Hundreds of Tesla workers were let go for subpar performance, the company says

Tesla Inc. fired hundreds of workers after completing its annual performance reviews, even though the electric automaker is trying to ramp up production to meet the demand for its new Model 3 sedan. (Oct. 16, 2017)


Firing hundreds of workers all at once is rare, at least in the auto industry. But Tesla Inc. does things differently.

Word leaked out Friday that the electric car, battery and solar roof company had bulk-fired several hundred employees.

The San Jose Mercury News, which broke that story, said Tesla made clear that workers were dismissed for subpar performance, not laid off. Layoffs tend be blamed on business conditions or overstuffed payrolls, not on job performance.


It’s unclear how many of the company’s 33,000 workers were cut. Tesla won’t pinpoint the number. News reports put it between 400 and 1,200.

A factory employee told the Mercury News that about 60 fellow workers were told to head for the exit. The company said, however, that most of those dismissed work in administrative and sales jobs.

Some workers at the Tesla plant have been trying to organize a union.

“I had great performance reviews. I don’t believe I was fired for performance,” said Daniel Grant, who told The Times he’s worked at Fremont factory since 2014 as a production assistant. He suspects he was fired because he raised safety issues and supported a union drive.

“The company didn’t show me or others our most recent reviews when they fired us,” Grant said. “I would like the company to release our full reviews, including peer reviews, to us.”


An assembly line worker, Mike Williams, said his firing last week could not be the result of a bad performance review because, in his last review in 2016, “my supervisor had nothing but good things to say about me.”

Other fired workers were treated the same, he said. “Our reviews were due in June. In June they told us they would be in August. In September they told us October.”

Williams said he received a disciplinary write-up about a year ago for playing music that contained profanity but stopped when he was ordered to.

He was fired, he believes, because he spoke up about safety issues at employee meetings and because he wore a union shirt on what’s become Union Shirt Friday for some workers at the Telsa plant. “I had a union sticker on my water bottle, too,” he said.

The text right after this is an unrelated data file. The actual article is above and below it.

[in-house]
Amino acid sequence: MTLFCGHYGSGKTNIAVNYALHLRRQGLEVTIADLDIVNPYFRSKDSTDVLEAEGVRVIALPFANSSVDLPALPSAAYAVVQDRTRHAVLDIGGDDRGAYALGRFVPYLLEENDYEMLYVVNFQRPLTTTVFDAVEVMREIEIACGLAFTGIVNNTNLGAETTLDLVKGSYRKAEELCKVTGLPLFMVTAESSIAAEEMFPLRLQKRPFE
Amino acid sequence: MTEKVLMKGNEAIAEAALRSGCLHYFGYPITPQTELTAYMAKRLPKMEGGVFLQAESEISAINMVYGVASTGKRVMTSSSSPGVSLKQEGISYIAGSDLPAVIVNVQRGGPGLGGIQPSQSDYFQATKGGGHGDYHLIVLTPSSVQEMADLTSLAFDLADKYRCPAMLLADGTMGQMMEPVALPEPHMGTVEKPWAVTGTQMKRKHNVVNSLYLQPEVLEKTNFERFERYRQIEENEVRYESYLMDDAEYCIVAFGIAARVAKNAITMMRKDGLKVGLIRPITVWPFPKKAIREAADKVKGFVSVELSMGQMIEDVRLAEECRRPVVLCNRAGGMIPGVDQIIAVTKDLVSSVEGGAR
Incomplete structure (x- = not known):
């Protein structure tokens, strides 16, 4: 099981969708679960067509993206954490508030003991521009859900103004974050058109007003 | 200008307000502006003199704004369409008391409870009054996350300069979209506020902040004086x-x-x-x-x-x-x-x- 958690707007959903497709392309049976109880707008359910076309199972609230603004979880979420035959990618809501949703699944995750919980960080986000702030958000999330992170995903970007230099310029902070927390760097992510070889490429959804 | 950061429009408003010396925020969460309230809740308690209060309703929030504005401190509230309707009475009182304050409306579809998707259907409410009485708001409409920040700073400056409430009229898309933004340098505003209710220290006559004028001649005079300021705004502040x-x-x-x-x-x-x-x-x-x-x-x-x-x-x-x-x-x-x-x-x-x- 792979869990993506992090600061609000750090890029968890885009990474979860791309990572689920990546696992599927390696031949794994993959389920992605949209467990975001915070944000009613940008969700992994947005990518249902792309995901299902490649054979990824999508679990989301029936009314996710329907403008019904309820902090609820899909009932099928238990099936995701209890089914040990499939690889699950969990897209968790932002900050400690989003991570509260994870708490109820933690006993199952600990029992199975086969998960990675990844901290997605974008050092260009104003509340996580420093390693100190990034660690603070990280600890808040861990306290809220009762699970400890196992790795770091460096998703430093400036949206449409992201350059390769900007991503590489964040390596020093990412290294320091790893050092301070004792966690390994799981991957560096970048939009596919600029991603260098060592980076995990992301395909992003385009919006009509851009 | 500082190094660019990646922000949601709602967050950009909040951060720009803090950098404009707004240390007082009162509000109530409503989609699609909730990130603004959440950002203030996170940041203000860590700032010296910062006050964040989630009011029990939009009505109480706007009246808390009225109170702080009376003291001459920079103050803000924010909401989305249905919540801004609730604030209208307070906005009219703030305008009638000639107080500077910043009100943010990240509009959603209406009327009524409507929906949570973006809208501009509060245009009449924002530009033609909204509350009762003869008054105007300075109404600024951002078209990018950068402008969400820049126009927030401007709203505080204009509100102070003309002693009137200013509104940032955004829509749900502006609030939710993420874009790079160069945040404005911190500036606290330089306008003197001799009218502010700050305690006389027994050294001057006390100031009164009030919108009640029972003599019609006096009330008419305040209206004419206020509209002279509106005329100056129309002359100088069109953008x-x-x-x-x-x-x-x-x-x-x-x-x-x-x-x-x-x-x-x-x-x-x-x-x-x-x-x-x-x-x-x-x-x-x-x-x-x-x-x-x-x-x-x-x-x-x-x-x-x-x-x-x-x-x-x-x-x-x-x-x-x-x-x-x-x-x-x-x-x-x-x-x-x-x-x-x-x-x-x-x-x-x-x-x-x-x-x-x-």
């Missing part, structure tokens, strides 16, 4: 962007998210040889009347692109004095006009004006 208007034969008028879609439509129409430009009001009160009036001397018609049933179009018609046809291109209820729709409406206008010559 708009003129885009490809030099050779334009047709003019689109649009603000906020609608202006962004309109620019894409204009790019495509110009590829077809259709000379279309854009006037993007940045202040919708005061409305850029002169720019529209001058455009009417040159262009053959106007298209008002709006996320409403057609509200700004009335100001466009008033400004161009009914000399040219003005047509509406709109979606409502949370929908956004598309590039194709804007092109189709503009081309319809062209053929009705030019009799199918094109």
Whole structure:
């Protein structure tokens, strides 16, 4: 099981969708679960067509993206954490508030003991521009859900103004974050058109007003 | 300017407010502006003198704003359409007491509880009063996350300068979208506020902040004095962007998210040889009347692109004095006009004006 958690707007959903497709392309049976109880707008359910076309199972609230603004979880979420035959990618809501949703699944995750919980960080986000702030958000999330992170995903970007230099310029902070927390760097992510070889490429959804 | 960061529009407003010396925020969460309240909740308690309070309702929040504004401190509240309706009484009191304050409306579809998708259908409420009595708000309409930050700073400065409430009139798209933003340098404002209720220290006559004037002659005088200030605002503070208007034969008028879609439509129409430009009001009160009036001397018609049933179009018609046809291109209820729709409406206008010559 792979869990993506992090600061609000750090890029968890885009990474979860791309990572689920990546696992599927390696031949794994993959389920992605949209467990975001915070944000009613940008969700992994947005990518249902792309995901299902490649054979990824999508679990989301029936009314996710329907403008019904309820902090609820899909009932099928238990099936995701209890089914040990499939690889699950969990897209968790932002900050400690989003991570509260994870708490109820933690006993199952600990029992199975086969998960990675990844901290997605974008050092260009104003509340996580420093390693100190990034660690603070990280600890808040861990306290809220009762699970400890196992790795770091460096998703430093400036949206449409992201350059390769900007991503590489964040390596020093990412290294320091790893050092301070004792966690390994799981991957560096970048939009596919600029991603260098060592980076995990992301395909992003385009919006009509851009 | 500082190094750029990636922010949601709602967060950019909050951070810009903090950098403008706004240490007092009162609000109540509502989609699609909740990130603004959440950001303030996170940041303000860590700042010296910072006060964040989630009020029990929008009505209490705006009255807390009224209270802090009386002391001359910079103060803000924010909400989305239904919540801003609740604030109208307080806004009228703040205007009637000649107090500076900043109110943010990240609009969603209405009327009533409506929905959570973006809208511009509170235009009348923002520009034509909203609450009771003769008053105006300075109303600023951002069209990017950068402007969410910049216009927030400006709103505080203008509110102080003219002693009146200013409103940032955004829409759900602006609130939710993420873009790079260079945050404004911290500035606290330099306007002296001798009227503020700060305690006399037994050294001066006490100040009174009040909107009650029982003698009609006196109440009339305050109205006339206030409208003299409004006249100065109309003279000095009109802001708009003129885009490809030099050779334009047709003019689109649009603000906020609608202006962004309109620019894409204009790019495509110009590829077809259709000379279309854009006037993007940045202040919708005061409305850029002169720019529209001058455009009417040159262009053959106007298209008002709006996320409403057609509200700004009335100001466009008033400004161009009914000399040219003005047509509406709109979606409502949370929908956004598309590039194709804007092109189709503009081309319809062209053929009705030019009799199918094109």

Tesla declined to discuss the claims of either fired worker.

In a prepared statement, Tesla said the employee reviews also resulted in an unspecified number of promotions. “As with any company, especially one of over 33,000 employees, performance reviews also occasionally result in employee departures,” the company said.

Tesla Chief Executive Elon Musk is well known as a demanding boss with a hard-driving personality. Lately, while his rocket company Space X seems to be doing well, he has been plagued with serious problems at Tesla.

The new compact Model 3 sedan, crucial to Tesla’s success, is off to a bad start. By the end of the year, the company has said, the company’s auto factory in Fremont, Calif., is supposed to be turning out Model 3s at monthly rate of 20,000 vehicles. At last report, however, the company has built only 260 of them. The factory, Musk has said, is “deep in production hell.”

At the same time, sales of the company’s existing Model S and Model X luxury cars are growing slowly, and have yet to crack 100,000 vehicles a year.

Firing large numbers of workers for bad performance by itself is not unprecedented. In the 1980s, General Electric Chief Executive Jack Welch fired what the company deemed to be the bottom 10% of the executive workforce every year.

But those firings were staggered, based on clear objective measures, and the company discussed the process in detail with investors and with the media.

The company reports third-quarter earnings in late October or early November — no specific date has been set. The firings won’t affect earnings for that quarter, which ended Sept. 30.

Depending on how quickly Tesla replaces the fired workers and whether most of those jobs are filled, the firings could have a positive effect on fourth-quarter and full-year earnings, lifting profit — or, more likely, easing losses — by a bit.

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5:45 p.m.: This article was updated to clarify Tesla’s statements

4:35 p.m.: This article was updated with additional worker comments.

1:45 p.m.: This article was updated with comments from a fired employee and from Tesla.

9:10 a.m.: This article was updated throughout with Times staff reporting.

This article was originally published at 8:05 a.m.